So much misinformation here!

Ampacity and voltage drop are two

**DIFFERENT** issues! Ampacity is the critical one here.

**Ampacity** is defined as the maximum current, in amperes, that a conductor can carry continuously under the conditions of use without exceeding its temperature rating.

**Voltage drop** is self-explanatory.

See the ampacity tables at:

Cerrowire.com 12 gauge wire is rated around 20 amps

Yes, but ampacity is for a conductor run, and designed for ac power.

It allows any length conductor, and uses derating for conditions such as number of insulation layers, pathway shielding, number of conductors in a pathway etc.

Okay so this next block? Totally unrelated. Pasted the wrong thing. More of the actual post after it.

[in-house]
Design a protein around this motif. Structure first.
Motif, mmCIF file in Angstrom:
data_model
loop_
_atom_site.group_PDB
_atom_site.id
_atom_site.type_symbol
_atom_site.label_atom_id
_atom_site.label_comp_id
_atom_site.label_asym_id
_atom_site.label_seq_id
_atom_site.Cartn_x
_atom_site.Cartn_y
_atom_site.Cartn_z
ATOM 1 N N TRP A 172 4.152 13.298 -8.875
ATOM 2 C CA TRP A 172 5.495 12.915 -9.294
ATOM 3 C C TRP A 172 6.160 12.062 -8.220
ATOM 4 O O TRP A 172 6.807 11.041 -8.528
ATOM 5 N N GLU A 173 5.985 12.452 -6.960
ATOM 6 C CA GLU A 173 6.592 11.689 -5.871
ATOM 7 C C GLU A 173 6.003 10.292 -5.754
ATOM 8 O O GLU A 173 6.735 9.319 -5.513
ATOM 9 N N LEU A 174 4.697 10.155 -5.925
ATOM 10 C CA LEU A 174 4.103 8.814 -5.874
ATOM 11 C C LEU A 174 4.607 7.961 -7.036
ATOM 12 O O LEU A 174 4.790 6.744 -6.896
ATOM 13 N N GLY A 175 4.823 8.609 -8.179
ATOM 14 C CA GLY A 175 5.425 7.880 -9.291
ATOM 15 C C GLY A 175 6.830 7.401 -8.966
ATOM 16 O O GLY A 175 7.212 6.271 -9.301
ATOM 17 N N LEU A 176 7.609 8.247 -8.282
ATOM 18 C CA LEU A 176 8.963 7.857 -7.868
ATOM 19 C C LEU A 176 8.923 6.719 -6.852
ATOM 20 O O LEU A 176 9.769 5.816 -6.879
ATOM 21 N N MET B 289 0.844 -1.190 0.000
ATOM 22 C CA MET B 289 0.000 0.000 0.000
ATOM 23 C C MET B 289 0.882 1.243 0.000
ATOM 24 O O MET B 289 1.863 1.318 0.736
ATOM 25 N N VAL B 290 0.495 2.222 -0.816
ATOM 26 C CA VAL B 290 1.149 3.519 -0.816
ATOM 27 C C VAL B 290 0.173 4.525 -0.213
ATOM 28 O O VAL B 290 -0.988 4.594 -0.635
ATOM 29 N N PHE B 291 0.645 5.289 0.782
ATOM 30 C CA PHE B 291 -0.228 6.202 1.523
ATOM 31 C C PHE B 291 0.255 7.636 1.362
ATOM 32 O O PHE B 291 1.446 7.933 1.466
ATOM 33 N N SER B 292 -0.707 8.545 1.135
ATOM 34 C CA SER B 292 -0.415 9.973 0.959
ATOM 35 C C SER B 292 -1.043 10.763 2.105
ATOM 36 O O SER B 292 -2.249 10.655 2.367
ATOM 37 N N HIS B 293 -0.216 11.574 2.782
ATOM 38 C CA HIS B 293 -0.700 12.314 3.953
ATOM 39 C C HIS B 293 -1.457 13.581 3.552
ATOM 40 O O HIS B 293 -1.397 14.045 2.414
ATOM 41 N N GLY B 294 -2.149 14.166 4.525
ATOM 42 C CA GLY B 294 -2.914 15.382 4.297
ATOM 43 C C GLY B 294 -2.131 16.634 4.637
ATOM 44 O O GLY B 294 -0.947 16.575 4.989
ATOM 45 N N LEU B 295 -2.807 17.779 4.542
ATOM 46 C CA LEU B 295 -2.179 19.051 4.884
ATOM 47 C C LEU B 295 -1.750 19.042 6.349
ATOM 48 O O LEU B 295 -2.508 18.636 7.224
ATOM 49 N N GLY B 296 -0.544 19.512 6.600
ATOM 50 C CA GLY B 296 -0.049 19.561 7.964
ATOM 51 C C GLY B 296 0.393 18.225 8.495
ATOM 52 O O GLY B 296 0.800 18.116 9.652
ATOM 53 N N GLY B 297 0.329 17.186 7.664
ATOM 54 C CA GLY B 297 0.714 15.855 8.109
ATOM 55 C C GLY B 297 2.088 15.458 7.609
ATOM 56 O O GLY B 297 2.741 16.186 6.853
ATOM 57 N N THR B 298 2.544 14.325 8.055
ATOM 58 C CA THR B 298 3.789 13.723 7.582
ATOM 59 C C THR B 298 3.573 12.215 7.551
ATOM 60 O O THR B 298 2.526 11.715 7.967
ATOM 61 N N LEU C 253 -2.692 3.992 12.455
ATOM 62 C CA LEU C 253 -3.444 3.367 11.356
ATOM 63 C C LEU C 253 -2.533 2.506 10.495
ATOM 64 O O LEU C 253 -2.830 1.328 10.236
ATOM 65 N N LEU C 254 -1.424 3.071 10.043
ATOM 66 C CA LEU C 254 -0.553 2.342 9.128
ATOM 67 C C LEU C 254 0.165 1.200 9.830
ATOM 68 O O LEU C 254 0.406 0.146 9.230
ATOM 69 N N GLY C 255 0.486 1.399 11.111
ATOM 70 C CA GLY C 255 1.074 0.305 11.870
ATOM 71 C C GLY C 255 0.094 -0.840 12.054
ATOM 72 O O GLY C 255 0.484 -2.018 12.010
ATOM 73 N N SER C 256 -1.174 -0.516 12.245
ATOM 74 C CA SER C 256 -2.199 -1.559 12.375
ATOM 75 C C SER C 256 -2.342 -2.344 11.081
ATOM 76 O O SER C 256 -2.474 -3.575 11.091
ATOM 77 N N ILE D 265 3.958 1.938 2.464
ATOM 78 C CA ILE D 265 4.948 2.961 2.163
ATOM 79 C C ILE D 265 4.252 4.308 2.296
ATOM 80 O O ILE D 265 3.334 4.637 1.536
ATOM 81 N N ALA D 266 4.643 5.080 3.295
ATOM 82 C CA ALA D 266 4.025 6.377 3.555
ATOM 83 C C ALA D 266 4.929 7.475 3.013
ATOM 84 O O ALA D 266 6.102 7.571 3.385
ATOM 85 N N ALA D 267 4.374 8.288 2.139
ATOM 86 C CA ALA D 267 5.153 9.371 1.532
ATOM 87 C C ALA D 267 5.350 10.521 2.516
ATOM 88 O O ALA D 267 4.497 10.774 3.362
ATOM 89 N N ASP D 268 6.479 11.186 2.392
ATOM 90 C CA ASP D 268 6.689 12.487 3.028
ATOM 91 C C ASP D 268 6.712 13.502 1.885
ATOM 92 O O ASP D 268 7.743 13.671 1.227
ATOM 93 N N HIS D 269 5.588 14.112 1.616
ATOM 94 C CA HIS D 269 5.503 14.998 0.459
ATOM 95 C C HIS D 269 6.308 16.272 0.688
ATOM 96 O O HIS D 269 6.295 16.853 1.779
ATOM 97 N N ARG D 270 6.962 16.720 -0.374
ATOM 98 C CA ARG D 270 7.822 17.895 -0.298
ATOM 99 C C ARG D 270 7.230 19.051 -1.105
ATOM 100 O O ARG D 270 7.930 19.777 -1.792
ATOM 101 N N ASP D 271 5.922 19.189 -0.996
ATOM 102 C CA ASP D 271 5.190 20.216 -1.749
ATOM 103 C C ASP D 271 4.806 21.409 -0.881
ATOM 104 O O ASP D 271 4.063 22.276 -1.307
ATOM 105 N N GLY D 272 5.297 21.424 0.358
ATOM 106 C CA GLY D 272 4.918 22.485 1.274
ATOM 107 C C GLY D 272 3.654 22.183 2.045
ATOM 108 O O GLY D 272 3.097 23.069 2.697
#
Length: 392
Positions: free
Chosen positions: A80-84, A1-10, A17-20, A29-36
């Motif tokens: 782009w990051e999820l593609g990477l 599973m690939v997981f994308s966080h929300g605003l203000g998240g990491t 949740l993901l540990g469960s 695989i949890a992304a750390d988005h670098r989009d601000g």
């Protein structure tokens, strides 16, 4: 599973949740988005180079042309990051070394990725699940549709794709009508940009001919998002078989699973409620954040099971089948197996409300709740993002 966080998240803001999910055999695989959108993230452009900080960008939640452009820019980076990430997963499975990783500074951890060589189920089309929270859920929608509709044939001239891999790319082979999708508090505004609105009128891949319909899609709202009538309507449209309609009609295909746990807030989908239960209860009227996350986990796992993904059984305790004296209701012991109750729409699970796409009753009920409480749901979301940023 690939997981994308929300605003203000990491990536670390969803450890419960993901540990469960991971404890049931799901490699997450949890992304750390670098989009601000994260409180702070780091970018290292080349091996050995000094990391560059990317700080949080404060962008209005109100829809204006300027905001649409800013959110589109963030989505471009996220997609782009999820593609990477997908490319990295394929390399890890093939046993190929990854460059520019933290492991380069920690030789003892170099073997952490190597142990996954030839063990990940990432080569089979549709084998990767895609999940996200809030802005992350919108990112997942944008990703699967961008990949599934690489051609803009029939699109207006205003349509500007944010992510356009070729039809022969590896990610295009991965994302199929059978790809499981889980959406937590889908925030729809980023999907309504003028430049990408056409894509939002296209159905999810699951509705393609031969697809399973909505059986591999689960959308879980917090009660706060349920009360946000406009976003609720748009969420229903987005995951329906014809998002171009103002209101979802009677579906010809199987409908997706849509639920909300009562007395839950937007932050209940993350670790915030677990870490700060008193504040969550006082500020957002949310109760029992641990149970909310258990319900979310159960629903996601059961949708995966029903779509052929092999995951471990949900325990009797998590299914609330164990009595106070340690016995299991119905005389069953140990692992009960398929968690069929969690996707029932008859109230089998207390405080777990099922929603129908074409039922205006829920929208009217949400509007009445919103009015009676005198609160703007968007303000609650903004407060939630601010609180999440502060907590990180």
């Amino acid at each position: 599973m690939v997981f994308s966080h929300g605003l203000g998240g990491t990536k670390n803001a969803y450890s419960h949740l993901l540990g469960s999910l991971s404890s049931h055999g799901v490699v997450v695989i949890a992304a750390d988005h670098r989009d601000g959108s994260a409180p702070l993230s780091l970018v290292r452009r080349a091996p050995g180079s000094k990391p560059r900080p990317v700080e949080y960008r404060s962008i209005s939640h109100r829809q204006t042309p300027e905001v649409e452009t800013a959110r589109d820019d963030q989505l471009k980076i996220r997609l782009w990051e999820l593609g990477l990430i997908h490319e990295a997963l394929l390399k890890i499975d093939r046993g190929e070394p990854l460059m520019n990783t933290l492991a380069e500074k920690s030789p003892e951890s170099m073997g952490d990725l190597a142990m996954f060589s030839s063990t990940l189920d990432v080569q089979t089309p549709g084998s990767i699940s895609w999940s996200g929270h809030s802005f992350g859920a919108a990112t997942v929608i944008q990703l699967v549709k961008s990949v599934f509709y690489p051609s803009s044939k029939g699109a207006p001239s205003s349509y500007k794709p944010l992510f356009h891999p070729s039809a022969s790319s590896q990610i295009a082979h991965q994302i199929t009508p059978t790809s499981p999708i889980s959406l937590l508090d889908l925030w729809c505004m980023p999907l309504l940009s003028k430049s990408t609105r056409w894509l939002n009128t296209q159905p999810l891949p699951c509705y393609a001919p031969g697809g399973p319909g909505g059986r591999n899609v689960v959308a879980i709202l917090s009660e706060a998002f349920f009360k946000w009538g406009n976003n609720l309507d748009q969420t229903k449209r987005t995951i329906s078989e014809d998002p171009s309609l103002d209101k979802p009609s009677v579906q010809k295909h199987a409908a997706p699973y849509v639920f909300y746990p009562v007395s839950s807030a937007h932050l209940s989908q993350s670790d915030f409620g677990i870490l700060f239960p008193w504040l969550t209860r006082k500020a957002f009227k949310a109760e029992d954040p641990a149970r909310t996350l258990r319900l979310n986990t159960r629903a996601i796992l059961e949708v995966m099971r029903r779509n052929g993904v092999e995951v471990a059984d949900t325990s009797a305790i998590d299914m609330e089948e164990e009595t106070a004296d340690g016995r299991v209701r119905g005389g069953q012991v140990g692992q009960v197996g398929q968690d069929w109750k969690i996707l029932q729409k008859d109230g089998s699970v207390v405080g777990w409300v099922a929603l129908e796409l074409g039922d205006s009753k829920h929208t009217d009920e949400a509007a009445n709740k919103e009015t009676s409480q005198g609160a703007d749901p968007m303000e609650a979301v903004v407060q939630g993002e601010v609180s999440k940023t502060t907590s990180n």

It is an insurance protection metric.

when calculating short run, or specific runs, ampacity charts don’t really have any use. What matters is voltage drop, and ALLOWED voltage drop.

short runs under a meter in length can be used to calculate at voltage drop and use acceptable loss percentage for the result.

Most consider 10% loss extreme, 5% a weak acceptable figure, 3% ok for most uses, and 1% or less as the ideal.

If you size a cable at specified length in a calculator program, and specify 1% voltage loss... the wire size will be a safe figure to use. And #12 can handle 30 amps at 10%, 25 Amps at 3%, and 20 Amps at 1%.

So, x4 for the capacity, and you have a maximum safe load of 120A... with a voltage loss of less than 2 volts... around 1.2V

Shorter runs equal less loss, and more amps capability, but in no way Will they handle 320A for more than the time it takes the solder on the board to vaporize... likely around 30 seconds...